I think what was really going on – well, the problem with Vivekananda and so on was that they didn’t really have enough of a historical awareness, they weren’t quite willing to admit that they were doing something new. But I think that where we need to go now is a willingness to do something new. Nobody now, or at least, very few people now, and certainly not scholars of Buddhism like Lopez, will ever tell you that Chinese Buddhism is illegitimate because it made all these incredible modifications to Indian Buddhism, to the point that it was completely unrecognizable compared to what the historical Buddha would have taught – even though it did all that. There are many ways in which the gap between Pali Buddhism and Chinese Buddhism is much larger than the gap between Pali Buddhism and the Buddhism of an Olcott or a Dharmapala. They’ll never say that Chinese Buddhism is illegitimate, but they’re so ready to dump on, you know, modern hippie Buddhism, and say, well, that’s illegitimate. Even when it differs less. So part of that philosophical task, of constructive dialogue now, is accepting that some sort of modification of a tradition is a legitimate part of that tradition. While giving the respect that we want to give to the ancients, we should be ready to accept some amount of modification, change, perhaps even modernization, and reasoned differentiation.
And I’m seeing some encouraging signs, in books like Andrew Nicholson’s Unifying Hinduism, and David McMahan’s Making of Buddhist Modernism, where people are saying, for instance: “Yes, what Ram Mohan was doing was something different from what came before him, but he also wasn’t just making it up. He was reading quite widely and thoroughly, he was engaged in the debates of his time, and cognizant of the debates going on in this world that really wasn’t influenced by the British. He was bringing them into this British environment, and made of them something different by doing so, but something that still had a connection to the tradition that came before it.” (The first half of this interview is here) [I am a Buddhist]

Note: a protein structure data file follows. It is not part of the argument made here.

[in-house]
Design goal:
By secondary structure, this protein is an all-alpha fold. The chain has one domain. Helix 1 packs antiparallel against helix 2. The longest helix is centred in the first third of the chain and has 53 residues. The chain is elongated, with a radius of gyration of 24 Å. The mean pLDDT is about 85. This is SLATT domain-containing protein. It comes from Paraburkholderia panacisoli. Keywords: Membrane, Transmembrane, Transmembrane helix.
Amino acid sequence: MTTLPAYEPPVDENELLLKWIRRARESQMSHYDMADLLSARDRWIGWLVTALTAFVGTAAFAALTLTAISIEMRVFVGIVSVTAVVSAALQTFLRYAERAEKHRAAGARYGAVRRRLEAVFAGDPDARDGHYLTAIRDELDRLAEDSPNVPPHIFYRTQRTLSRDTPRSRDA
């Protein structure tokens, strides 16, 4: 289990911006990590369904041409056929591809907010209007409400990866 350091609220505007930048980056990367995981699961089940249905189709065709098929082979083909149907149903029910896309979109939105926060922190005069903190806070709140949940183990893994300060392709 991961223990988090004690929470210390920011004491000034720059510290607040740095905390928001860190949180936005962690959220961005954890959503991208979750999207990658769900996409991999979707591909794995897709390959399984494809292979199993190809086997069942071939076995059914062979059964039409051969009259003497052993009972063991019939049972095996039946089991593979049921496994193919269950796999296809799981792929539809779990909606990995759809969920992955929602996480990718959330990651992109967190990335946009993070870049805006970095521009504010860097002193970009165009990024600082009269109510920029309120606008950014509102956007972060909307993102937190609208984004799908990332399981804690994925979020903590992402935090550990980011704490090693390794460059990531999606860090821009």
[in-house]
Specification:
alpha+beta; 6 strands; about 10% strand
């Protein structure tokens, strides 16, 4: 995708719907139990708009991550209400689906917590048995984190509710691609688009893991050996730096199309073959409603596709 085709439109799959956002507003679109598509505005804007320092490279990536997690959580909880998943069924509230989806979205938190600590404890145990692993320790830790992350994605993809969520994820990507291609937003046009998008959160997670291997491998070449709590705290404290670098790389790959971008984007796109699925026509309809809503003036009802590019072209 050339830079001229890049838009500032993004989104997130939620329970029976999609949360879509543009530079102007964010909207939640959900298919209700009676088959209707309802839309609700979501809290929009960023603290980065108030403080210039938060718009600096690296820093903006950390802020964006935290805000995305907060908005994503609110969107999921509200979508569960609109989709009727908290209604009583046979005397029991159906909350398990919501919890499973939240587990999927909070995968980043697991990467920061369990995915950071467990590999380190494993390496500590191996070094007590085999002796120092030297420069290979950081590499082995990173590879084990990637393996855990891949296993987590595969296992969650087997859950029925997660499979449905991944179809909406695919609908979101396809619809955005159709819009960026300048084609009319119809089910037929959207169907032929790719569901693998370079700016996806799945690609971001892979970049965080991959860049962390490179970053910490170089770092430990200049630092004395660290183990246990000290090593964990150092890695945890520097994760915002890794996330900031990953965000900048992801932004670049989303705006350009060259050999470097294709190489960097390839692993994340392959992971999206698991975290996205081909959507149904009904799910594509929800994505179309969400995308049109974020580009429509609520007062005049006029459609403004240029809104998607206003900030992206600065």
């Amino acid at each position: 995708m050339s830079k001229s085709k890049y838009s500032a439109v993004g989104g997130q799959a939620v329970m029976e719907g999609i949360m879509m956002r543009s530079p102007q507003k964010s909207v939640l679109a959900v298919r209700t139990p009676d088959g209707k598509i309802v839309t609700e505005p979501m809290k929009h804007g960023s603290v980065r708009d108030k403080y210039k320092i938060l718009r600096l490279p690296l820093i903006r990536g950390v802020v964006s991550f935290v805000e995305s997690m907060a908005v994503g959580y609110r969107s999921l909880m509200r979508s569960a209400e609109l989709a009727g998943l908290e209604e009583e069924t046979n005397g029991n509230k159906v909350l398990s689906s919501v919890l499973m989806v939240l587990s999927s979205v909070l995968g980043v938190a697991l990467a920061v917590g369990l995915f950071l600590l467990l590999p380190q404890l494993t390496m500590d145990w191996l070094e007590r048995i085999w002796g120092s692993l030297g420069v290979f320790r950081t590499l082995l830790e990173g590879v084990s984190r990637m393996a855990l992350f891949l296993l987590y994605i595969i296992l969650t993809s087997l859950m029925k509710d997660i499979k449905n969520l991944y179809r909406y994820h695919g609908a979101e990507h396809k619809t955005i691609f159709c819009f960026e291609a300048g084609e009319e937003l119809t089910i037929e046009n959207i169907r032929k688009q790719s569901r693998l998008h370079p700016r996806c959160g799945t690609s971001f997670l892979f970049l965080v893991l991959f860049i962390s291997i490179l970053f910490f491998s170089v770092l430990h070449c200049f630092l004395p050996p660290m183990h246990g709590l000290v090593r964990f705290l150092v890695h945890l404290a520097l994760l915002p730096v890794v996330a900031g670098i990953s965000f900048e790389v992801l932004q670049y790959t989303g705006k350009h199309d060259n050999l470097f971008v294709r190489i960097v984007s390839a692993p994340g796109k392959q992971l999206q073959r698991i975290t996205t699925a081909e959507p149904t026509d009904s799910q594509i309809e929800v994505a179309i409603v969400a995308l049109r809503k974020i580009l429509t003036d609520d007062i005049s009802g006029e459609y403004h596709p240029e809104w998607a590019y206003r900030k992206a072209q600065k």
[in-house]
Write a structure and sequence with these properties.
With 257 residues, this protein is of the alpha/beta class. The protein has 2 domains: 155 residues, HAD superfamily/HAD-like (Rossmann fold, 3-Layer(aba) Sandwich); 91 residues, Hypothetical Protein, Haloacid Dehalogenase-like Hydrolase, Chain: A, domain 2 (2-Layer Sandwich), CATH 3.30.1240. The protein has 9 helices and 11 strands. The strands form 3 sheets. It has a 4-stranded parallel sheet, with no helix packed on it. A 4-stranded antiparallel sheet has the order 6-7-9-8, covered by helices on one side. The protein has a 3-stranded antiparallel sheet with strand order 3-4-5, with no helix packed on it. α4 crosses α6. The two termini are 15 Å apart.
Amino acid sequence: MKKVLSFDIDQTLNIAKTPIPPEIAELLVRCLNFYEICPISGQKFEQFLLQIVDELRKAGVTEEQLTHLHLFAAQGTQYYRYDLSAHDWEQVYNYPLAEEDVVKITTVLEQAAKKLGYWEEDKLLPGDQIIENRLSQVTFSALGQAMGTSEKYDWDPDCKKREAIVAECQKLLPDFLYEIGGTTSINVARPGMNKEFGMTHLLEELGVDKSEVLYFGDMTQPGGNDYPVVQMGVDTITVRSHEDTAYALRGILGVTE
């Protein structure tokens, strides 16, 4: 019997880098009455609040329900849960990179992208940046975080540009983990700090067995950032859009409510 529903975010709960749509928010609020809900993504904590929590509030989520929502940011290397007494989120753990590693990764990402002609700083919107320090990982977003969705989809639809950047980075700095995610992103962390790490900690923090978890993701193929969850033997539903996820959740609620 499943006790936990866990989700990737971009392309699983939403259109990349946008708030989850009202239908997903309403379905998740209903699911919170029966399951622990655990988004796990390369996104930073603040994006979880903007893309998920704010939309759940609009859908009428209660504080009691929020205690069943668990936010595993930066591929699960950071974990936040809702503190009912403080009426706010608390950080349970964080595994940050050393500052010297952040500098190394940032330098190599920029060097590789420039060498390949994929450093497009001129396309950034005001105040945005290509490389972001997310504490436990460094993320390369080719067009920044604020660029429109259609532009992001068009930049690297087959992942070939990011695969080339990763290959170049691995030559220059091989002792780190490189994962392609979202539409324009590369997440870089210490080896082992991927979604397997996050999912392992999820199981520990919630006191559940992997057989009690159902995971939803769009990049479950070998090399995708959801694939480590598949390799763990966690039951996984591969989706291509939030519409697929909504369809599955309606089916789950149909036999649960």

Critical Reflections on the Humanities and Social Sciences Posted by larvalsubjects [6] Comments
This article by Clive Hamilton, I think, marks what is at stake in the New Materialisms and some of the Speculative Realisms. The issue is not some hackneyed attempt to champion the sciences and objectivity over meaning, but to draw attention to the material dimensions of how we dwell and live. Today, more than ever, we need to reflect on whether the tools of deconstruction, phenomenology, psychoanalysis, Marxist critical theory, and semiotics are adequate to thinking the world we dwell in and how these theoretical orientations might erase the fundamental materiality of existence. This erasure is so thorough that it’s difficult to even discern when working within these theoretical frames for, after all, one can only see what one can see, and being is here reduced to meaning. This critical reflection is not undertaken to erase these methodologies– quite the contrary –but to mark their limits, note their blindspots, and develop a theoretical frame capable of both preserving what is vital in these forms of thought and of moving beyond those limitations. This is what is at stake in the critique of correlationism. Materiality is not phenomenality, a lived experience, a meaning, nor a text – though it can affect all of these things – but something with its own dynamics and forms of power. We need a form of theory capable of thinking that and that avoids the urge to treat everything as texts, meanings, and correlates of intentions.

Wednesday, February 11, 2015

Sri Aurobindo maps out the structure of the universe

Context, Culture and Worship: The Quest for "Indian-ness" - Page 50
The other instance of an appeal for a religion-less age comes from Sri Aurobindo.... 47 See, S.K. Maitra, An Introduction to the Philosophy of Sri Aurobindo, Pondicherry: Sri Aurobindo Ashram, 1941, 1965. appeal made by Bonhoeffer and ...

The Sacred Universe: Earth, Spirituality, and Religion in ... - Page 15